Our series included patients with CD who had been treated not only with anti-TNF but also with ustekinumab (IL12/23 inhibitor). However, the doses and route of administration were those recommended before ustekinumab was approved for marketing in CD and were therefore suboptimal as they were not adjusted to weight, meaning some of the potential efficacy of the drug may have been lost. VDZ was effective in these patients in terms of avoiding surgery after a year of treatment. To date, only the VICTORY study has included patients previously treated with another biological drug with a different mechanism of action from anti-TNF. However, it does not analyse the results in this subgroup.22 Although the inflammatory pathway most studied in IBD is reported to be TNF-α-dependent and blocking of that pathway is associated with improvement in inflammation, a large proportion of patients fail to respond or experience loss of response over time.27 The possible efficacy of a third mechanism of action after already attempting to block two different inflammatory pathways tells us that the pathophysiology of CD is very complex and that there are other mechanisms involved in perpetuating the chronic inflammatory state. Hence the value of using new drugs to try to block other inflammatory pathways.28

A large proportion of patients in our series had adverse events to azathioprine (47%) and concomitant use with steroids and immunomodulators was not associated with a better response to the drug. It is now known that combined treatment with anti-TNF plus an immunosuppressant is superior to monotherapy with anti-TNF in both CD29 and UC.30 This is thanks to the adjuvant effect exerted by the immunosuppressant, decreasing immunogenicity and the ability to develop antibodies against anti-TNF and, as a consequence, reducing loss of response to the drug. It has already been pointed out that VDZ could be a good alternative in patients with intolerance to thiopurines and refractory to medical treatment due to its low immunogenicity, its high degree of safety, and to the fact that concomitant use with immunosuppressants does not seem to affect the efficacy of the drug.31

VDZ was useful in preventing surgery and after one year only 12 patients (16%) required surgical intervention. Moreover, there were few postoperative complications; only affecting two patients (17%). There is, however, much debate surrounding this in the literature. There are reports from some series that patients with IBD who received VDZ within the 30 days prior to major abdominal surgery experienced more postoperative complications than patients who received anti-TNF or did not receive any biological therapy,32 and reports from others that patients did not have more complications with VDZ.33 More studies are therefore necessary which take into account all the clinical variables and the experience of the centres where the surgery is carried out.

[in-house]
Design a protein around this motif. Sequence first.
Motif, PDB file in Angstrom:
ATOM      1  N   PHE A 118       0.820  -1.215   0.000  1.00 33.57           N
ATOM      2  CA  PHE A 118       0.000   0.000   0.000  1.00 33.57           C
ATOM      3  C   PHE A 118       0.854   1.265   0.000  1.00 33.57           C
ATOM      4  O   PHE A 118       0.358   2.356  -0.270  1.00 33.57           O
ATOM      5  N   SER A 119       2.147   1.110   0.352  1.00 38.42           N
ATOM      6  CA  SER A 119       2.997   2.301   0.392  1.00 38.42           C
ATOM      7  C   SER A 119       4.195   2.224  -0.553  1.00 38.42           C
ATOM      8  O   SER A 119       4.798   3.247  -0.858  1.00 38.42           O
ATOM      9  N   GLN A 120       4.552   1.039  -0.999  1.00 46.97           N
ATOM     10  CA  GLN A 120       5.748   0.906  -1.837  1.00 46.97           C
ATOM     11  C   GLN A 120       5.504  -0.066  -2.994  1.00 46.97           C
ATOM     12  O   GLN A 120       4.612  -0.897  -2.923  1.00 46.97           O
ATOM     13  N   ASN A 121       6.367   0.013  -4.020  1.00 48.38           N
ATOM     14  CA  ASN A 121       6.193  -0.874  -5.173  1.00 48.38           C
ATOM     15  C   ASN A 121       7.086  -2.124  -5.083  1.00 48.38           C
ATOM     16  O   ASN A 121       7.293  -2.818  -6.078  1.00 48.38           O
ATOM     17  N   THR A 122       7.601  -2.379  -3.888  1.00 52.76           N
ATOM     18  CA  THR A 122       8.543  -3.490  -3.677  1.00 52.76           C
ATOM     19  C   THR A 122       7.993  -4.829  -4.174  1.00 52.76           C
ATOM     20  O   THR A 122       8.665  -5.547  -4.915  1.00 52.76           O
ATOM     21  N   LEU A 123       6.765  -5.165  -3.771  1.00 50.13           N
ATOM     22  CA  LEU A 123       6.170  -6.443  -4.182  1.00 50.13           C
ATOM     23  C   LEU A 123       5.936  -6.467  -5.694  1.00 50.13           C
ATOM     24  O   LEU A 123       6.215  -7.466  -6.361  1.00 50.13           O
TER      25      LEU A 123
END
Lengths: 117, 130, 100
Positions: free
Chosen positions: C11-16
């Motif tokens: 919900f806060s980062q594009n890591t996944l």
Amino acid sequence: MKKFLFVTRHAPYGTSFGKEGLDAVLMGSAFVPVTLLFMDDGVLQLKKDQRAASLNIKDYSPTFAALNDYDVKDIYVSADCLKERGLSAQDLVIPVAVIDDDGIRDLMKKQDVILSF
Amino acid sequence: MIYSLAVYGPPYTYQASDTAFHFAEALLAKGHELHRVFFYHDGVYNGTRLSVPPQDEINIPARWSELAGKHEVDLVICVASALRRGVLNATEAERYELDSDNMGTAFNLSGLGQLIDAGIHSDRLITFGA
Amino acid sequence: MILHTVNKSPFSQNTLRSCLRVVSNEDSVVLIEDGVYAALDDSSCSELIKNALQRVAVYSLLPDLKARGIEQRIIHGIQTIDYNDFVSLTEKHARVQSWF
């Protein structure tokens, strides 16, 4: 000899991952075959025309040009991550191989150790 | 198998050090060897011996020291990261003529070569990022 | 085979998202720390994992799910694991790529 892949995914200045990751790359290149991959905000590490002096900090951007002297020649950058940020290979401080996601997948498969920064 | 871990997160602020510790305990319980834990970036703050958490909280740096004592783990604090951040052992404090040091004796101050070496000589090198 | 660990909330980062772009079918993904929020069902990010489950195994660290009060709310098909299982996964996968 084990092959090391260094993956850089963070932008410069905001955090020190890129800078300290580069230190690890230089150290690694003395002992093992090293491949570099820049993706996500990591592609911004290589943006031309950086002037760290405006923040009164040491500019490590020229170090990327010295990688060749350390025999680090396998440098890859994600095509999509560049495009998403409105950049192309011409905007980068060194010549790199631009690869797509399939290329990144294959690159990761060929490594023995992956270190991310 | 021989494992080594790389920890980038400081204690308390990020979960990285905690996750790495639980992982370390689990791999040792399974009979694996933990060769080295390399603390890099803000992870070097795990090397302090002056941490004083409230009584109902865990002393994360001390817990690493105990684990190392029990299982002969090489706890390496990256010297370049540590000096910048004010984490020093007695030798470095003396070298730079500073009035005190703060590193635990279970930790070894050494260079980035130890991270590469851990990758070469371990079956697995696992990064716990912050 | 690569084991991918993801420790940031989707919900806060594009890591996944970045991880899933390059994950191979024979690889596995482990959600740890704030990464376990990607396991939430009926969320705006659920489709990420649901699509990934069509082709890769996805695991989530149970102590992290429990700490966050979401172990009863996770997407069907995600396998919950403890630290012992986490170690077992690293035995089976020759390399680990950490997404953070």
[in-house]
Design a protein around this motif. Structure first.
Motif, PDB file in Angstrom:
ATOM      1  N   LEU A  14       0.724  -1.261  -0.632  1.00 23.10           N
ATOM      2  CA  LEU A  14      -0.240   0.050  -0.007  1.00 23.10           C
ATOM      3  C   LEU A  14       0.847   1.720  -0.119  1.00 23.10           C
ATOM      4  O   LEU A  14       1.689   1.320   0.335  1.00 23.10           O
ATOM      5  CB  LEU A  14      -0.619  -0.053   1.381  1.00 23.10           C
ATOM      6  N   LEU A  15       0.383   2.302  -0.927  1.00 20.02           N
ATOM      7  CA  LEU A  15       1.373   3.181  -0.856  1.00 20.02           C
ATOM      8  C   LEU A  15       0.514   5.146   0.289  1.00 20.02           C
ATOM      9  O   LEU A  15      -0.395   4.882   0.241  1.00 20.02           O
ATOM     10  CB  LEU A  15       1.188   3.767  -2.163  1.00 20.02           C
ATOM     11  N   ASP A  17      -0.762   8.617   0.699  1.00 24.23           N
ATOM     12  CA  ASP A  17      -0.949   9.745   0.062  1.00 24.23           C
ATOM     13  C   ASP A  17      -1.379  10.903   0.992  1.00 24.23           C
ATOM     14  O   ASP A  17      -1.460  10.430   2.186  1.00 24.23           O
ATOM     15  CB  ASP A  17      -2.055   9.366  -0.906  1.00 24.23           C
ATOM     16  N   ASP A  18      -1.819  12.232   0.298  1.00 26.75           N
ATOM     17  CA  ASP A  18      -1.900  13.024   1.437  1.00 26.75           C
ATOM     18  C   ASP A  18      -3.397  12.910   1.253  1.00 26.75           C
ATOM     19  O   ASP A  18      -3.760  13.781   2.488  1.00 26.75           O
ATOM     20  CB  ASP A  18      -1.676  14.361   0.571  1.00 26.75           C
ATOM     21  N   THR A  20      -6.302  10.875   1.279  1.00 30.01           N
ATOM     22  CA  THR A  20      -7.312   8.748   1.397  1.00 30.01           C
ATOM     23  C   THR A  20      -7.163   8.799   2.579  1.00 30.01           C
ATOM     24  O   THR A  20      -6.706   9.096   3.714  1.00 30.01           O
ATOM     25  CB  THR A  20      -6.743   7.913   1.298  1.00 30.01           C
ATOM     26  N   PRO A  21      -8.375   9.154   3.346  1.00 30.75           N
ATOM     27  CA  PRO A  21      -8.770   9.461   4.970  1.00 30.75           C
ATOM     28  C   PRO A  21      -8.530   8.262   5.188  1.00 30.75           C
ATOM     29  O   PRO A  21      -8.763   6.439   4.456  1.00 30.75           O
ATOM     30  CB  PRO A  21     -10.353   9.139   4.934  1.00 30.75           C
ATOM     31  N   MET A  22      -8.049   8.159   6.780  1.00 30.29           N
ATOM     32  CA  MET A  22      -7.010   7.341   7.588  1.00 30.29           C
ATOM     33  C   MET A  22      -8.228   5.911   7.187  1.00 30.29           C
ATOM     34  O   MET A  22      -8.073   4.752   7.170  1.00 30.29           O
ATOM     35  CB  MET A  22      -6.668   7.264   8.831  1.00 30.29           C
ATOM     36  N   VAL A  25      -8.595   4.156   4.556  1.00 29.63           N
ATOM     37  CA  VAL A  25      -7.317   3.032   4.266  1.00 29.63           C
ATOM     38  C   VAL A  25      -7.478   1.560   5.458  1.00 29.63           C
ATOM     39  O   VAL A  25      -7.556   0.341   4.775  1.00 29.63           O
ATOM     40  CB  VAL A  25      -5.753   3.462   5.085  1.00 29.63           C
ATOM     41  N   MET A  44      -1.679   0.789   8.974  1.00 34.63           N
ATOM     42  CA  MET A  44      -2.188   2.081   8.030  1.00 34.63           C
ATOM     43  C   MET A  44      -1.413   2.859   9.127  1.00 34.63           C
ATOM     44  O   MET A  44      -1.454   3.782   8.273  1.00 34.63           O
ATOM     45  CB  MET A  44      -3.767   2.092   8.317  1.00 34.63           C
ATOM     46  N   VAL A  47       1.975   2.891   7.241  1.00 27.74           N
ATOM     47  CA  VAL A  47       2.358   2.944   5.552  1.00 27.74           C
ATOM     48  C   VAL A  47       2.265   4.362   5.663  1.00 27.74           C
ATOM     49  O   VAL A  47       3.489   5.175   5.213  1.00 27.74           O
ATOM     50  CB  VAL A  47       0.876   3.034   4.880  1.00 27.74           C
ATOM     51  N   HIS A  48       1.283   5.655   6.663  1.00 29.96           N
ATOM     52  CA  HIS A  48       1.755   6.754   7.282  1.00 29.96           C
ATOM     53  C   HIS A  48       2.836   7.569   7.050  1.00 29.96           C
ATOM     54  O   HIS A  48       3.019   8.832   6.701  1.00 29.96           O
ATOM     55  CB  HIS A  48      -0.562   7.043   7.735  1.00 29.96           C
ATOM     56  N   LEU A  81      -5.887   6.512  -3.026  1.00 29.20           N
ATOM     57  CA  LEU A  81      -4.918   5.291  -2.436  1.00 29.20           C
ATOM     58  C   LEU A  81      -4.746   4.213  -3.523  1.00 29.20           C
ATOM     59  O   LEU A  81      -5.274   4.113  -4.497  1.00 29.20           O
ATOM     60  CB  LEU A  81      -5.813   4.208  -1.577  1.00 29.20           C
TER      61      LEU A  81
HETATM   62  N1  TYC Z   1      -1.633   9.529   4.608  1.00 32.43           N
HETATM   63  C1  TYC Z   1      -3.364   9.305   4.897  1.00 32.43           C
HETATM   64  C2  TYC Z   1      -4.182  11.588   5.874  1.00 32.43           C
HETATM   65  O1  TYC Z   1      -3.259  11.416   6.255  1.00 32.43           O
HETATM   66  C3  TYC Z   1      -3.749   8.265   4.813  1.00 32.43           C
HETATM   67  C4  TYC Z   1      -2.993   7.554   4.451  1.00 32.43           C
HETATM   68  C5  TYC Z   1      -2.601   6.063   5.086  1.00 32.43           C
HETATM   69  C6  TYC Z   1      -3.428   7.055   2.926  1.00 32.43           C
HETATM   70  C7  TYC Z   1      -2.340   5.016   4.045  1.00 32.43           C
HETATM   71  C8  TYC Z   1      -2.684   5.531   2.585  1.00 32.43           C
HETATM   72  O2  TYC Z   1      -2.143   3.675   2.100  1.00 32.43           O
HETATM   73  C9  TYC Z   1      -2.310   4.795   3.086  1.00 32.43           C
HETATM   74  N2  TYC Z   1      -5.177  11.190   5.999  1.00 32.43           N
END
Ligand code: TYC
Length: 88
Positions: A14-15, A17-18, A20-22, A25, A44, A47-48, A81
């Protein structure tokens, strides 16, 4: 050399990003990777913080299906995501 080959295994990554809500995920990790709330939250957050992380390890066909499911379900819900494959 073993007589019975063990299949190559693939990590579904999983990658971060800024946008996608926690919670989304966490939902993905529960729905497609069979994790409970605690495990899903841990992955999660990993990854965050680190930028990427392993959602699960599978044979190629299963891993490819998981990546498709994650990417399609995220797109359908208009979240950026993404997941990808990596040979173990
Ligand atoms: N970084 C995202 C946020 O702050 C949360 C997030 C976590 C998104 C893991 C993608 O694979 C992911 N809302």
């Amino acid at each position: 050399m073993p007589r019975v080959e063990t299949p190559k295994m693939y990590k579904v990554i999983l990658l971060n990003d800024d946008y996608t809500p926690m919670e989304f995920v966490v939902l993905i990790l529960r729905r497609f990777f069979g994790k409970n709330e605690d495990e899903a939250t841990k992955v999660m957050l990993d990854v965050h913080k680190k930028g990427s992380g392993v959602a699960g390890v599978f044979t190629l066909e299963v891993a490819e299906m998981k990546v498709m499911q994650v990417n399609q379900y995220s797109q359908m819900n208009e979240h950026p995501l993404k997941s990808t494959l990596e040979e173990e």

At 8%, our rate of adverse events at one year was low, and similar to rates obtained in other real-life studies.11,13 The adverse events most commonly reported with VDZ are headache, paraesthesia, arthralgia, paradoxical skin reactions, fatigue, nasopharyngitis, upper respiratory tract infections, cough, gastrointestinal infection and abdominal pain.11,12,16 In general, both pivotal studies and clinical trials have shown the drug to have a good safety profile, with low incidence rates for serious infections and malignancies over a prolonged treatment period, and no cases of progressive multifocal leukoencephalopathy have been reported.16

In our cohort, CRP decreased in both CD and UC. However, despite much higher baseline levels, there was a greater decrease in FC in patients with UC. Nonetheless, these data should be interpreted with caution, as the number of patients included was not sufficient to perform a statistical analysis. There were also losses to follow-up, as a result of early withdrawal (before the year was completed) and the fact that these parameters were not documented at all assessment times (baseline and 6 months and 1 year of treatment). Other studies have measured the biological response through changes in CRP and FC during treatment with VDZ. The German study found that FC levels in UC decreased progressively at each of the times evaluated (week 0, 6 and 14). The decrease in CD, however, was slower and less significant.12 The Swedish study found that FC decreased significantly in CD and UC, but CRP only decreased in CD.14 The high CRP levels during induction,10,11 as well as the early decrease (in week 14) of CRP and FC34 have been correlated with the response to the drug. It would therefore seem that these biomarkers may be useful and so should be explored in more depth to determine how they might be affected by VDZ therapy.